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Egypt Islamists arrested as EU official visits riot-ridden country

Egyptian police have arrested two leaders of an Islamist party, the latest to be swept up in a crackdown on the Muslim Brotherhood and its allies, while the European Union’s foreign policychief was to meet with officials in Cairo on Monday in an attempt to mediate an end to the political deadlock.

Catherine Ashton’s visit to the Egyptian capital is her second this month, a sign of the alarm felt in the West over the continuing bloodshed.

More than 260 people have been killed since the 3 July coup that deposed Islamist President Mohammed Morsi. The bloodiest incident took place over the weekend, with at least 83 of his supporters killed in clashes with police. Human Rights Watch and field doctors said it appears many were killed by gunshots to the head and chest.

Security officials said Monday that a police captain died of wounds sustained from those clashes after being shot in the eye with birdshot from protesters.

The incident, which the Brotherhood has described as a ‘massacre,’ came after millions took the streets to show their support for defence minister General Abdel-Fattah el-Sissi. He had called for a mandate of popular support to deal with violence and ‘potential terrorism’ - a thinly veiled reference to expected crackdowns on Morsi supporters who are holding sit-in camps in Cairo. The coup itself also followed days of mass protests by millions of Egyptians demanding that Morsi step down after a year in office as Egypt’s first elected president.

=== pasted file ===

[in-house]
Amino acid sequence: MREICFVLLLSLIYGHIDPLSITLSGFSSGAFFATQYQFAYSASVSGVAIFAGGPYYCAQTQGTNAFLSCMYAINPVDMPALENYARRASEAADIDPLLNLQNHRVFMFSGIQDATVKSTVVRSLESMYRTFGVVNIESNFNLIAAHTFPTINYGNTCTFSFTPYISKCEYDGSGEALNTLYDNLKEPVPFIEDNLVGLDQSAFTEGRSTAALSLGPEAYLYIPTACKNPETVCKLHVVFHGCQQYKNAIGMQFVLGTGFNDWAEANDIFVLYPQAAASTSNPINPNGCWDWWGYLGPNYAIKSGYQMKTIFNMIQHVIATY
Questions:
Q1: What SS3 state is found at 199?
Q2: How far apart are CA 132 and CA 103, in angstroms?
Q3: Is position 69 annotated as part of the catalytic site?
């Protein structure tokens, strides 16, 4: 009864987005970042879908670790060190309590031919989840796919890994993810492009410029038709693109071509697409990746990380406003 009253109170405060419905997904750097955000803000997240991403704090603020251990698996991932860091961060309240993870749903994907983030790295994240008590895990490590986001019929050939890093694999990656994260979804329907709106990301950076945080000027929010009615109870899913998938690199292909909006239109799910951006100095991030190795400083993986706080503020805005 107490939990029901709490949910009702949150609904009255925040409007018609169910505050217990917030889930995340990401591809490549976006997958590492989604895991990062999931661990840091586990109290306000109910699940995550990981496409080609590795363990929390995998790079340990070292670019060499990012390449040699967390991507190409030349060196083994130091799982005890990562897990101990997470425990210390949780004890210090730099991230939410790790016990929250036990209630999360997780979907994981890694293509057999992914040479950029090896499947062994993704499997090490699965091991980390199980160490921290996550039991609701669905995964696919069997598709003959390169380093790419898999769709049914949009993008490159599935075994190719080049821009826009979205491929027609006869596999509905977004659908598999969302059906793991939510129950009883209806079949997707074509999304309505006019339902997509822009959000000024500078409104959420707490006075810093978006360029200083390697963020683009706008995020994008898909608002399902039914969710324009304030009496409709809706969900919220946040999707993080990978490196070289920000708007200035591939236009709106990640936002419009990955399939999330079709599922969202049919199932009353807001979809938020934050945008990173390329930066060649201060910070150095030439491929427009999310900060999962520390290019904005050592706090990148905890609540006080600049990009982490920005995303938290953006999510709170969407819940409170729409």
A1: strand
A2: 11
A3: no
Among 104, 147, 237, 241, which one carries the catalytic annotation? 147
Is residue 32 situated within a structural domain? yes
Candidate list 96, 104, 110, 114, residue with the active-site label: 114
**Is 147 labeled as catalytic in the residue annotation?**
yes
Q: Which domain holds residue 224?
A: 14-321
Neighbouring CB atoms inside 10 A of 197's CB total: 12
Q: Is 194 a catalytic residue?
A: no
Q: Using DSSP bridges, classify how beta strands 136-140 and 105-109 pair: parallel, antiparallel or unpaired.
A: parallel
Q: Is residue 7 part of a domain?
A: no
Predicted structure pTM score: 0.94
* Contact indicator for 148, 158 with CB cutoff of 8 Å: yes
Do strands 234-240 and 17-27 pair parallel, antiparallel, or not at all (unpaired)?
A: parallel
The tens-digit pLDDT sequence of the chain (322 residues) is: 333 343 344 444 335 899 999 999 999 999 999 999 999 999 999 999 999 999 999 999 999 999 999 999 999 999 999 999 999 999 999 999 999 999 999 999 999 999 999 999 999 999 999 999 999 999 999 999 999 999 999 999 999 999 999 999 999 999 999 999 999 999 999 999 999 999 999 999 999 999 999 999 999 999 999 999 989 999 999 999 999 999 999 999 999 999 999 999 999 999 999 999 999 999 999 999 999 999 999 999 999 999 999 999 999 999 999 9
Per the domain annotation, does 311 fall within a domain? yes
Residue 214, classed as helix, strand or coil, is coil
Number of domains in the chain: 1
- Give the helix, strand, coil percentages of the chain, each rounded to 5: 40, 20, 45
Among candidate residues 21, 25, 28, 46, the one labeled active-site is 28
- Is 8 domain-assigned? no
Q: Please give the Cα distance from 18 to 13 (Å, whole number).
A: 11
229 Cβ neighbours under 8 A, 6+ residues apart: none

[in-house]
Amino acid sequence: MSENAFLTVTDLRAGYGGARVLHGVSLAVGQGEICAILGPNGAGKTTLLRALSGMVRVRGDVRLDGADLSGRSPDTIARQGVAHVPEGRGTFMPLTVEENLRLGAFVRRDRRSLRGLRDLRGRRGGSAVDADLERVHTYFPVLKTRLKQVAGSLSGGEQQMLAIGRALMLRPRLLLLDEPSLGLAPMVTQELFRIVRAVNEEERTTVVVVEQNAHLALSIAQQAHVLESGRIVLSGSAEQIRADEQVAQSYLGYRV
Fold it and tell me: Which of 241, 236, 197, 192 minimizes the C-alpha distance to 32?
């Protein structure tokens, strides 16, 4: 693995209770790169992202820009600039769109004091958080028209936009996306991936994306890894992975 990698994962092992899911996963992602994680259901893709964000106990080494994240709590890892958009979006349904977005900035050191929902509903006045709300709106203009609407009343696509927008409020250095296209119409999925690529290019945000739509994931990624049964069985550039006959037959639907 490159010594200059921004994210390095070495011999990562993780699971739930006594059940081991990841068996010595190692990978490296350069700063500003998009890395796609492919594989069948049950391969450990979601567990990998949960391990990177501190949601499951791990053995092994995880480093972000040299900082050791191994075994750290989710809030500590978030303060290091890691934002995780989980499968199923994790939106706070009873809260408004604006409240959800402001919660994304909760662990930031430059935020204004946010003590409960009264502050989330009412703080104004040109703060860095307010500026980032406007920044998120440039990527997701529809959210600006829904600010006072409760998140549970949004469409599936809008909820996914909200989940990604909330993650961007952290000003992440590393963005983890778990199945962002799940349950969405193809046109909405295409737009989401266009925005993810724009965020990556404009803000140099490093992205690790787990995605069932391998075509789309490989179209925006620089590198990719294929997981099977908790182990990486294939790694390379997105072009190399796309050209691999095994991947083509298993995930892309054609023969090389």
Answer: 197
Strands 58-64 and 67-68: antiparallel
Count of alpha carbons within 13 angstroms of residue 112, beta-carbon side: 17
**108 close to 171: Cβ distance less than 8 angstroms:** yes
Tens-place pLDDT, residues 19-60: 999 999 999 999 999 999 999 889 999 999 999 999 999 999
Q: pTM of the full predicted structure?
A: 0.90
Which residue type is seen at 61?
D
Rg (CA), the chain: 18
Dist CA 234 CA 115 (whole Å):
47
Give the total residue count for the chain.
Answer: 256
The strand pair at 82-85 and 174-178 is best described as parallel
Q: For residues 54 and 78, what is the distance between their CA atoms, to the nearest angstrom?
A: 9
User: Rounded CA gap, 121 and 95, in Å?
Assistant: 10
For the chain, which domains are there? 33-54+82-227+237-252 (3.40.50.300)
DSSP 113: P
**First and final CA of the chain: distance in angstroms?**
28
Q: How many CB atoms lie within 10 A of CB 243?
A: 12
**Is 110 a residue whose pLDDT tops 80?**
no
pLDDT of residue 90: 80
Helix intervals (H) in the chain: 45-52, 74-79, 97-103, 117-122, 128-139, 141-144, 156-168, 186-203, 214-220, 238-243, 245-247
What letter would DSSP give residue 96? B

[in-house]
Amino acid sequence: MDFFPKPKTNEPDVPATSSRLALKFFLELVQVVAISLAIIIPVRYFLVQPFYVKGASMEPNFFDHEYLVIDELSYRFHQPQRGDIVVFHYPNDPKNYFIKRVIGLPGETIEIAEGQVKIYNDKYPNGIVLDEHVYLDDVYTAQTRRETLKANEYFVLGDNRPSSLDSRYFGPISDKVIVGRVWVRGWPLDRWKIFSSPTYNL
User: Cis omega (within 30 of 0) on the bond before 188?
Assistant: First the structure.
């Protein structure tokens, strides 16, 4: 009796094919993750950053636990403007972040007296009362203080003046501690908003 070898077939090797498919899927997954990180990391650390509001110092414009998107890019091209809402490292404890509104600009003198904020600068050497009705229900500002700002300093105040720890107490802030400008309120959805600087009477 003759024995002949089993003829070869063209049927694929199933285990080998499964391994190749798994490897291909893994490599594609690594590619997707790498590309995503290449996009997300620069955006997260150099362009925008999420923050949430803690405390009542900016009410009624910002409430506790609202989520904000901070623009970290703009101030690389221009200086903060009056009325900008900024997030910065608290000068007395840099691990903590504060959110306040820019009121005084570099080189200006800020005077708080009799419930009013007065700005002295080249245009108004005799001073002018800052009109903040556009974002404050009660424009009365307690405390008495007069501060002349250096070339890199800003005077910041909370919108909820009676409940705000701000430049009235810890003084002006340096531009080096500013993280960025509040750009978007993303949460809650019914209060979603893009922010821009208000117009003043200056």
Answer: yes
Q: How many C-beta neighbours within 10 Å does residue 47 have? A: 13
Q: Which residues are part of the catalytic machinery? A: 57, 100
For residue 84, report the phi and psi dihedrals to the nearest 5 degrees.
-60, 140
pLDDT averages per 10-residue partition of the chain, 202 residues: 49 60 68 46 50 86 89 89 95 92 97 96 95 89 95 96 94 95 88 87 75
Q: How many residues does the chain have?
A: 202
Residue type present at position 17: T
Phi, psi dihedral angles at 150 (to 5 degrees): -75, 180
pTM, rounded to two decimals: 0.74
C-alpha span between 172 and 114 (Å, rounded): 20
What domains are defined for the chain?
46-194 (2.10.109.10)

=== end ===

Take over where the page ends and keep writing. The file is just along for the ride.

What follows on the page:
Several Brotherhood leaders and other prominent Islamists have been imprisoned since Morsi’s ouster, with two figures from the Brotherhood-allied Wasat Party arrested and taken to Tora prison late on Sunday.

Security officials said that Abul-Ela Madi and Essam Soltan, who faced arrest warrants on allegations they incited violence, were found hiding in a home in a Cairo neighborhood located near the main protest site of Morsi’s supporters.

The party condemned the arrest of its leaders, saying such measures exacerbate the crisis and adds new obstacles to efforts to build bridges.

Morsi himself has been held incommunicado by the military since his ouster. Last week prosecutors announced they had launched an investigation into the ousted president on charges of murder and conspiring with the Palestinian militant group Hamas to carry out an attack on a prison during the 2011 uprising against Mubarak.

The jailbreak allegedly led to the deaths of inmates and broke Morsi and around 30 other members of the group out of detention.
Agencies

Agencies

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